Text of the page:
- A fan gifted Billie Eilish a jacket–it ended up in a thrift store for another fan to find Tuesday 6:49 PM
- Fans are surprisingly hyping Moby up for his new vegan tattoo Tuesday 6:13 PM
- Suspicionless searches of travelers’ electronics ruled unconstitutional Tuesday 5:22 PM
- Facebook testing TikTok clone within Instagram called Reels Tuesday 5:11 PM
- Han Solo shooting scene changed yet again, spawning ‘Maclunkey’ memes Tuesday 4:52 PM
- Facebook bug opened iPhone cameras while users scrolled their feeds Tuesday 4:36 PM
- Black Facebook employees say company racism has ‘gotten worse’ Tuesday 4:01 PM
- This fish with a ‘human face’ is here to give you nightmares Tuesday 3:28 PM
- TikTok’s piercing challenge leaves the fate of your face up to a filter Tuesday 2:54 PM
- Soldiers with top-secret clearance say they were ordered to install a sketchy app Tuesday 2:46 PM
- How to take your Korean beauty routine on the go Tuesday 2:24 PM
- Disney+’s ‘Encore!’ is a love letter to high school theater Tuesday 2:15 PM
- White tourist filmed shouting homophobic, racist slurs Tuesday 1:31 PM
- U.K. advocacy group releases deepfakes of Corbyn, Johnson endorsing each other Tuesday 1:07 PM
- ‘The Mandalorian’ series premiere throws ‘Star Wars’ in the middle of the wild west Tuesday 12:35 PM
Did Bitcoin creator ‘Satoshi Nakamoto’ invest in Silk Road?
An unusual transfer to Ross Ulbricht from a long-standing account raises more questions than it answers.
The Weizmann Institute’s Dorit Ron and Adi Shamir have been closely studying the movement of the semi-anonymous digital currency Bitcoin, and today published a paper that highlights an unusual set of transactions that may closely link its inventor, a mysterious figure known as Satoshi Nakamoto to Silk Road mastermind Dread Pirate Roberts.
Nakamoto and DPR—the latter alias allegedly being used by Ross Ulbricht, currently jailed and awaiting trial for drug trafficking and conspiracy to commit murder after being denied bail—were always bedfellows in one sense: Silk Road’s black market was a Bitcoin economy. But by analyzing the activity associated with a digital wallet the FBI found on a laptop seized from Ulbricht, they identified a curious transfer that may have directly involved Nakamoto.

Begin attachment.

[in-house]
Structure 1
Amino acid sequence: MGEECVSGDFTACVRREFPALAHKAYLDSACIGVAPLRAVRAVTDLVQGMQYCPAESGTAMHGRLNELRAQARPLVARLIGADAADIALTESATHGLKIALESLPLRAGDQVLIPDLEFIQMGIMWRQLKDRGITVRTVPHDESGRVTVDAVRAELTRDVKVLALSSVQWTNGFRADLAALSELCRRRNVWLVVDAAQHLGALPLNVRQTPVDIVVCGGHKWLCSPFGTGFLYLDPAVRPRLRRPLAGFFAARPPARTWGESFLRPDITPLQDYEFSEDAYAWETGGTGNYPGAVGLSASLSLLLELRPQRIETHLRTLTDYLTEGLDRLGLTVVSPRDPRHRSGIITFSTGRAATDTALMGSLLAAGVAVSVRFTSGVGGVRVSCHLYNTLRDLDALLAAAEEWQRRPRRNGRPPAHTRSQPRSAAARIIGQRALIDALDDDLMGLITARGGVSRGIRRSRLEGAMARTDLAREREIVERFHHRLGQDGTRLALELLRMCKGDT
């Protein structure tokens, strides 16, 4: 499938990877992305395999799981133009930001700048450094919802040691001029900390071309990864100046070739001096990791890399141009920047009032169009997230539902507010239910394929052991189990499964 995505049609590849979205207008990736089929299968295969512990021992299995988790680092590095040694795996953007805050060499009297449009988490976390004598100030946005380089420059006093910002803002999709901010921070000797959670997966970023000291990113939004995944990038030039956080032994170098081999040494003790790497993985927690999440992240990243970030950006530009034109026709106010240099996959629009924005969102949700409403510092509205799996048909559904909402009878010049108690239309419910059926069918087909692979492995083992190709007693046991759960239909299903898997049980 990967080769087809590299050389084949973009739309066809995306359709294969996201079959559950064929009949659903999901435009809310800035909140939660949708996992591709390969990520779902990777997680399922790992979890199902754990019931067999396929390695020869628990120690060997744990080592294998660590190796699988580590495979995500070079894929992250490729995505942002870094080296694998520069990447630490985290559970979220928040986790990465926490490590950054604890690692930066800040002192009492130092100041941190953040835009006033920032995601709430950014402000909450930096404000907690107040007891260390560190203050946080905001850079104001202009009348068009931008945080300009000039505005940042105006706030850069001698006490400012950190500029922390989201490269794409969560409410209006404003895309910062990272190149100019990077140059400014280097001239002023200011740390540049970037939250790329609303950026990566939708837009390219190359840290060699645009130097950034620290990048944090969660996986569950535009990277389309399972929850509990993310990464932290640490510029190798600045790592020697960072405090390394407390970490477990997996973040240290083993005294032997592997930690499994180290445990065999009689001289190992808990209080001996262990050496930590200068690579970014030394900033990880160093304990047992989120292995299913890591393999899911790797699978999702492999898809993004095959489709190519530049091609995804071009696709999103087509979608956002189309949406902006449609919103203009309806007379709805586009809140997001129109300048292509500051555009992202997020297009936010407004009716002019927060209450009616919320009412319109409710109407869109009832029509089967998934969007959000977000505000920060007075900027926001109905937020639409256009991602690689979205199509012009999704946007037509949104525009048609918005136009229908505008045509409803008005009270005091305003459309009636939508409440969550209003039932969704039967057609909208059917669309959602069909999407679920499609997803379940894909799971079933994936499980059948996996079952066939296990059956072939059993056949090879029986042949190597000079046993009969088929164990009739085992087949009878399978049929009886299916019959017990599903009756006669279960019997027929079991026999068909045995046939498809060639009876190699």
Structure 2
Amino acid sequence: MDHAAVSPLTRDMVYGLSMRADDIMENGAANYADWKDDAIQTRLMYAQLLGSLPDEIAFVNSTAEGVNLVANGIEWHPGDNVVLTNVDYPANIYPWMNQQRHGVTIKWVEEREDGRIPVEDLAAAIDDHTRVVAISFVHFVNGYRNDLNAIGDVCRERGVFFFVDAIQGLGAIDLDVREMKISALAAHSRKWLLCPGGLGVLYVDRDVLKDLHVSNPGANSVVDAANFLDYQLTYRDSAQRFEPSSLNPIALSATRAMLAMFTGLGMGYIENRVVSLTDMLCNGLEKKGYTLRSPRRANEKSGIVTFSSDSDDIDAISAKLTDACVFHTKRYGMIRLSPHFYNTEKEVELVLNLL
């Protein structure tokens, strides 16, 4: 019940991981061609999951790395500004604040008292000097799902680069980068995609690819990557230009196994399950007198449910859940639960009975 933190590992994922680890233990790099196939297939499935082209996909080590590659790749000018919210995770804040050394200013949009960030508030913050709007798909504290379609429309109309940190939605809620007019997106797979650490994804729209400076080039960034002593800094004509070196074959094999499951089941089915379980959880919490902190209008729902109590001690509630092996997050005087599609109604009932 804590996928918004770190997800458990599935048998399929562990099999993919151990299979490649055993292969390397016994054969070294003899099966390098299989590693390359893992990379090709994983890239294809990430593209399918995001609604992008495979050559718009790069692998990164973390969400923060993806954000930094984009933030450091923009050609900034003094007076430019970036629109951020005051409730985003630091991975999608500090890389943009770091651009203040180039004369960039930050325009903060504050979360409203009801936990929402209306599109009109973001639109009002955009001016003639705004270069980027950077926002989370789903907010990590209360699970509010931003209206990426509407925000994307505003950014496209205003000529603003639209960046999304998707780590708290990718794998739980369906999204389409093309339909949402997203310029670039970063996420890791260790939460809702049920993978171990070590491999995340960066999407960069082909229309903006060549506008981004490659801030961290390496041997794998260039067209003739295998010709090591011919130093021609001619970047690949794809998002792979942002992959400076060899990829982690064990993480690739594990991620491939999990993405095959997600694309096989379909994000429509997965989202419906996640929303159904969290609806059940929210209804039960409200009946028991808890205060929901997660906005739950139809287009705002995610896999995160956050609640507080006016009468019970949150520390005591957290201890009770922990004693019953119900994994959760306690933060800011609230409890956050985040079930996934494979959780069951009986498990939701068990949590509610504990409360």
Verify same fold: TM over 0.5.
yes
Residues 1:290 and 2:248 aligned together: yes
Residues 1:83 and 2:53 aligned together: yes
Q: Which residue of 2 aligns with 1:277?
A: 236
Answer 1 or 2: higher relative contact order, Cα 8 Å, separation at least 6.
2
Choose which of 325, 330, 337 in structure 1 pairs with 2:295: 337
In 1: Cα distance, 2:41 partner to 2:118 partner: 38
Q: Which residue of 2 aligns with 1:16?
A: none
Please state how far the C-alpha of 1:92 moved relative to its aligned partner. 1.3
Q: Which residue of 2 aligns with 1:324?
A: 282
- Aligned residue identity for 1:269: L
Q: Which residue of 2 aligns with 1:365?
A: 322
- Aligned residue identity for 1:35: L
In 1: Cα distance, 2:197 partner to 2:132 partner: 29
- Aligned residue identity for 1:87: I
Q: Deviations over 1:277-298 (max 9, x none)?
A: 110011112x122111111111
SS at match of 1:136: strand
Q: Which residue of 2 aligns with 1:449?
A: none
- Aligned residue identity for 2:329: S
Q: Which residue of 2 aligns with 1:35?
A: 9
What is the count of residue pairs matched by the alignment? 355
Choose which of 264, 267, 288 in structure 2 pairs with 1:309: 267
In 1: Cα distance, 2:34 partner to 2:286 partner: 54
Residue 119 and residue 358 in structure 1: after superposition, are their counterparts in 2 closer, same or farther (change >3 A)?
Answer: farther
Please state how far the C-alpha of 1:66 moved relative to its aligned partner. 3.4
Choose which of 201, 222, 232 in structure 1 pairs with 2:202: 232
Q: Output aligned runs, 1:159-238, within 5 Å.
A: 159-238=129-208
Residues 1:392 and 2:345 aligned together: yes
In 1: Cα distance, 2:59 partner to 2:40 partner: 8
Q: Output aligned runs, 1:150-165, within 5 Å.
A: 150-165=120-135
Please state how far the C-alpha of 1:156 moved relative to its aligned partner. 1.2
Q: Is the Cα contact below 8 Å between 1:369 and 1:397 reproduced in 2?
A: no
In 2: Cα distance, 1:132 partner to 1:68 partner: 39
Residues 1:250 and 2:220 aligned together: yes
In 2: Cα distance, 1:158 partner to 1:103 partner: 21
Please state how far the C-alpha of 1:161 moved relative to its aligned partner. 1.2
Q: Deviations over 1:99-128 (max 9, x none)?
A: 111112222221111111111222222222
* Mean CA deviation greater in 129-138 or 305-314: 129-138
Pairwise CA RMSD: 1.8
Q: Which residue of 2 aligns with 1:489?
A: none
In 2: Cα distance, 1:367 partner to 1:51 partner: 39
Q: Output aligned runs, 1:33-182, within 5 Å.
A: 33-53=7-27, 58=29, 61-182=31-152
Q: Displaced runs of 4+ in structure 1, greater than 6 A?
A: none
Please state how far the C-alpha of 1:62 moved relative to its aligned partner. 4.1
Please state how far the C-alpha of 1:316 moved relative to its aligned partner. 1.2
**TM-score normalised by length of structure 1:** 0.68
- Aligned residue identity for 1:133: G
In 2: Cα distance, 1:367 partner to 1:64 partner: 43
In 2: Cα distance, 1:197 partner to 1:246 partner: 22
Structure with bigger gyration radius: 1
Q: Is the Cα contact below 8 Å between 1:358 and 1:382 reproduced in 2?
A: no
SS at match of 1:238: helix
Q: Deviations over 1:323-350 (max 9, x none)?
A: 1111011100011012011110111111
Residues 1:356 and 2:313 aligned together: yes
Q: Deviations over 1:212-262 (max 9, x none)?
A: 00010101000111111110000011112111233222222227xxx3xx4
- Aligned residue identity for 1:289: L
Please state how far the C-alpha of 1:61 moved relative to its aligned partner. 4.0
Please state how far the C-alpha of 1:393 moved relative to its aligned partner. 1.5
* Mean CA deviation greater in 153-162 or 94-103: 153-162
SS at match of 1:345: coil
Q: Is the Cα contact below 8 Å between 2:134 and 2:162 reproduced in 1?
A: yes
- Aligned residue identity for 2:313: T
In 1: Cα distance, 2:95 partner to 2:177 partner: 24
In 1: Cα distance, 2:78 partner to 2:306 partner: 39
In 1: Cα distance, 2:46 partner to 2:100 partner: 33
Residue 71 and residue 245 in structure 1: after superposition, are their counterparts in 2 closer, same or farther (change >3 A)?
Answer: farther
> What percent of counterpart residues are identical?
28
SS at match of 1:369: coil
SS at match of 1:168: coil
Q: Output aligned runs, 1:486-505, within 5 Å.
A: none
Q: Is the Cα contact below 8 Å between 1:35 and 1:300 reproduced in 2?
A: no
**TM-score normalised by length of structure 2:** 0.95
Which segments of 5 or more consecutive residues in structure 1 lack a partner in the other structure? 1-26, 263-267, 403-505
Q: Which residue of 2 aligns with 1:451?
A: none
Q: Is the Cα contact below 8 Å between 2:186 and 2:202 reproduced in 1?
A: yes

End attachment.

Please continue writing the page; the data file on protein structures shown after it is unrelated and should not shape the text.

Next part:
Ulbricht, they said, in March of this year received what looks like a payment of 1,000 BTC from an account created in January 2009—“the very earliest days of the Bitcoin network,” according to the New York Times. “Such a single large transfer does not represent the typical behavior of a buyer who opens an account on Silk Road in order to purchase some narcotics (such buyers are expected to make an initial deposit of tens or hundreds of dollars, and to top the account off whenever they buy additional merchandise),” they wrote. “It could represent either large-scale activity on Silk Road, or some form of investment or partnership, but this is pure speculation.”
At the time of the transaction, 1,000 BTC was worth about $60,000, though the current exchange rate would yield a sum well in excess of $800,000. Ron and Shamir can’t conclude much about the identity of the shadowy “investor,” but large Bitcoin transfers will always have observers wondering whether Nakamoto, absent from the public eye since 2010 and estimated to have a stockpile of 1 million BTC, isn’t shuffling funds. Though that’s assuming he actually exists.
The same mystery account was found to have once accumulated 77,600 BTC in a “mining” operation—a complex method of using the data affixed to each coin to unlock new ones—so it’s fair to guess that the owner, besides being a very early adopter, is canny when it comes to digital economics. Ulbricht’s no slouch either, the study’s authors argued: the FBI has identified $80 million in profits from Silk Road’s all-time sales figure of $1.2 billion, yet has only been able to freeze 22 percent of that, and traced just a third of the total commissions.
With so much encrypted cash still in the cloud, it’s little wonder that Judge Nathaniel Fox rejected Ulbricht’s bail request on the grounds that he had more than sufficient “means to flee.”
Miles Klee is a novelist and web culture reporter. The former editor of the Daily Dot’s Unclick section, Klee’s essays, satire, and fiction have appeared in Lapham’s Quarterly, Vanity Fair, 3:AM, Salon, the Awl, the New York Observer, the Millions, and the Village Voice. He's the author of two odd books of fiction, 'Ivyland' and 'True False.'